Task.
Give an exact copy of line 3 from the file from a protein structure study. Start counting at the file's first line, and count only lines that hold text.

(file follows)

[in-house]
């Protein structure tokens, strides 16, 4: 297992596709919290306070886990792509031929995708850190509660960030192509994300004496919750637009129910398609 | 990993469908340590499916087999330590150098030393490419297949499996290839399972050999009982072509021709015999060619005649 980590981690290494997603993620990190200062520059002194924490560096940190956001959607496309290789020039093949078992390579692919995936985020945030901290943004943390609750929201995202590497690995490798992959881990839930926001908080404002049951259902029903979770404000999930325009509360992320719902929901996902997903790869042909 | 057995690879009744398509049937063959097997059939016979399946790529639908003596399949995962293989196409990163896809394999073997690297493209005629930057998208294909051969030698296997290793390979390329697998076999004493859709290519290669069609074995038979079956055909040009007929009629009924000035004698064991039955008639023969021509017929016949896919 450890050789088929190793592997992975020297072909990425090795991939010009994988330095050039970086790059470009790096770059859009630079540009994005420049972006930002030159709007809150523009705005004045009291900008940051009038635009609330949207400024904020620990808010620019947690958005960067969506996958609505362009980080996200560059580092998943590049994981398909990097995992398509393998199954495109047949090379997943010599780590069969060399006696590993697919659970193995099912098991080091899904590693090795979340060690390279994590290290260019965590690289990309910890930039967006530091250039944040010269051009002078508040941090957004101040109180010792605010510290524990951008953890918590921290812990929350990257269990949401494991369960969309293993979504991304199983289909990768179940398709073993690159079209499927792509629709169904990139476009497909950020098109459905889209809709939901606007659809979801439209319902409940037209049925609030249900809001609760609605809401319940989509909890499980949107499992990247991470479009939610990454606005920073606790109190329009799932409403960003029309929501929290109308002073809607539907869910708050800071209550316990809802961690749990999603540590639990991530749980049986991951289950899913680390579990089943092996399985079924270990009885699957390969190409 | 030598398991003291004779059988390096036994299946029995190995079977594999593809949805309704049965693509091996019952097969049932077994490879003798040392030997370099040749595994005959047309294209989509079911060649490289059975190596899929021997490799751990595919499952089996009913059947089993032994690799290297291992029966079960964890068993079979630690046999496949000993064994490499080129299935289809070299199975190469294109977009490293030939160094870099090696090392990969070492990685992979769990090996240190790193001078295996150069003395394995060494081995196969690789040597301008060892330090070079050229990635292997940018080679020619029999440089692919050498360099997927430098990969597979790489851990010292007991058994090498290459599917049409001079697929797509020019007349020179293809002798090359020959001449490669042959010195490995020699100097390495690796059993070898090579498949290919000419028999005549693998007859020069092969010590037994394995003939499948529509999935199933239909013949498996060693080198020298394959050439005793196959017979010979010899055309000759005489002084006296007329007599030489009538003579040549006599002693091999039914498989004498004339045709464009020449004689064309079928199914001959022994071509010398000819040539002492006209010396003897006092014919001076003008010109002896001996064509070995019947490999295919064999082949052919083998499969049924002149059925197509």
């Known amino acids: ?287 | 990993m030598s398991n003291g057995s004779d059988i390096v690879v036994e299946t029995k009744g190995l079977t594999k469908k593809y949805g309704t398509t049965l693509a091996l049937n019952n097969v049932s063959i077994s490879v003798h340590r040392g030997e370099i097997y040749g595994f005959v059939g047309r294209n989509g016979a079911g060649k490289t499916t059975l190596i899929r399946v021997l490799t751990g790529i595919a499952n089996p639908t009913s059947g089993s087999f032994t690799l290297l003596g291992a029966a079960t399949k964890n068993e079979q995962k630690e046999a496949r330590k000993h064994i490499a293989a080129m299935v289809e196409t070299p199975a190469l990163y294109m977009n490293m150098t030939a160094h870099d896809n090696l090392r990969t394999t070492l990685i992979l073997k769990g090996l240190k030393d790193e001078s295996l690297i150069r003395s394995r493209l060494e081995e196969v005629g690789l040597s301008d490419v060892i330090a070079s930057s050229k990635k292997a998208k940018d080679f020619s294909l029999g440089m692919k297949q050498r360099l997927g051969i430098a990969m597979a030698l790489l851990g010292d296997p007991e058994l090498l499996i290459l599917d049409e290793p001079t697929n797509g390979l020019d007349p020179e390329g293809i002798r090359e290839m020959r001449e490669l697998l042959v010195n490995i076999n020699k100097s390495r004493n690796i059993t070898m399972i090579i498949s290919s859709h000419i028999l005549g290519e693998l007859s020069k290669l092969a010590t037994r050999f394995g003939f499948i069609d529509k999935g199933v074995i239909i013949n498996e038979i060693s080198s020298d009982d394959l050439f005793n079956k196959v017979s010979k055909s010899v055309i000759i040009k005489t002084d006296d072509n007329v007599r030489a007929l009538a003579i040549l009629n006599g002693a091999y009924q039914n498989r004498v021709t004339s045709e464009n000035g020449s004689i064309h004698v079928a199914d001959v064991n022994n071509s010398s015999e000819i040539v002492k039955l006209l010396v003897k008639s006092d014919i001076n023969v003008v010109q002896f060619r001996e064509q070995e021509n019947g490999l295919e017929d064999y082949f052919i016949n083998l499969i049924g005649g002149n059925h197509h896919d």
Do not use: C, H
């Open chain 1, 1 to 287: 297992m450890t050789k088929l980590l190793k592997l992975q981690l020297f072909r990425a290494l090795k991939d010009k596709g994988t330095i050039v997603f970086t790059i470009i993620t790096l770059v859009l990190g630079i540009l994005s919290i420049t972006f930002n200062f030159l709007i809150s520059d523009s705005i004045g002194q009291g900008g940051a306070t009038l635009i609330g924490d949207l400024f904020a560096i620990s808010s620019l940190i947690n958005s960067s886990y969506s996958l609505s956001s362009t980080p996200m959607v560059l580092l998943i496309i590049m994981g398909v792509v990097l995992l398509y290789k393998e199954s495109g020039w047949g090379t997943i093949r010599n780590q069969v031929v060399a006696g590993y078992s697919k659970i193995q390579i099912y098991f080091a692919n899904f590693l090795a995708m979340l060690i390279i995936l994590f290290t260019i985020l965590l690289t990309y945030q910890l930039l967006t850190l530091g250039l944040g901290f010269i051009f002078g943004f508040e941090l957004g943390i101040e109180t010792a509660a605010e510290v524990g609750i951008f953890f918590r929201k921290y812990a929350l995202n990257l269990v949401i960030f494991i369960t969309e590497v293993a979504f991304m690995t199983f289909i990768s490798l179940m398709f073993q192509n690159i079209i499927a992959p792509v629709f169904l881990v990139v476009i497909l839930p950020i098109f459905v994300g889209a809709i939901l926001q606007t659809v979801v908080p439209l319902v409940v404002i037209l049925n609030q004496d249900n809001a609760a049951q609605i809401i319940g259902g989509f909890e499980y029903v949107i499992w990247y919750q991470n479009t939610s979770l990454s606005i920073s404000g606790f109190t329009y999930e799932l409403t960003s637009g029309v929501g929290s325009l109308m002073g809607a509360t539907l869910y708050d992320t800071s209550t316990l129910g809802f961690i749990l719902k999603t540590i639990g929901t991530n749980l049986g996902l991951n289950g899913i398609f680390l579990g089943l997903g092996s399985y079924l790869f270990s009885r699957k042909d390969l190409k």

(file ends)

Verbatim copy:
């Known amino acids: ?287 | 990993m030598s398991n003291g057995s004779d059988i390096v690879v036994e299946t029995k009744g190995l079977t594999k469908k593809y949805g309704t398509t049965l693509a091996l049937n019952n097969v049932s063959i077994s490879v003798h340590r040392g030997e370099i097997y040749g595994f005959v059939g047309r294209n989509g016979a079911g060649k490289t499916t059975l190596i899929r399946v021997l490799t751990g790529i595919a499952n089996p639908t009913s059947g089993s087999f032994t690799l290297l003596g291992a029966a079960t399949k964890n068993e079979q995962k630690e046999a496949r330590k000993h064994i490499a293989a080129m299935v289809e196409t070299p199975a190469l990163y294109m977009n490293m150098t030939a160094h870099d896809n090696l090392r990969t394999t070492l990685i992979l073997k769990g090996l240190k030393d790193e001078s295996l690297i150069r003395s394995r493209l060494e081995e196969v005629g690789l040597s301008d490419v060892i330090a070079s930057s050229k990635k292997a998208k940018d080679f020619s294909l029999g440089m692919k297949q050498r360099l997927g051969i430098a990969m597979a030698l790489l851990g010292d296997p007991e058994l090498l499996i290459l599917d049409e290793p001079t697929n797509g390979l020019d007349p020179e390329g293809i002798r090359e290839m020959r001449e490669l697998l042959v010195n490995i076999n020699k100097s390495r004493n690796i059993t070898m399972i090579i498949s290919s859709h000419i028999l005549g290519e693998l007859s020069k290669l092969a010590t037994r050999f394995g003939f499948i069609d529509k999935g199933v074995i239909i013949n498996e038979i060693s080198s020298d009982d394959l050439f005793n079956k196959v017979s010979k055909s010899v055309i000759i040009k005489t002084d006296d072509n007329v007599r030489a007929l009538a003579i040549l009629n006599g002693a091999y009924q039914n498989r004498v021709t004339s045709e464009n000035g020449s004689i064309h004698v079928a199914d001959v064991n022994n071509s010398s015999e000819i040539v002492k039955l006209l010396v003897k008639s006092d014919i001076n023969v003008v010109q002896f060619r001996e064509q070995e021509n019947g490999l295919e017929d064999y082949f052919i016949n083998l499969i049924g005649g002149n059925h197509h896919d």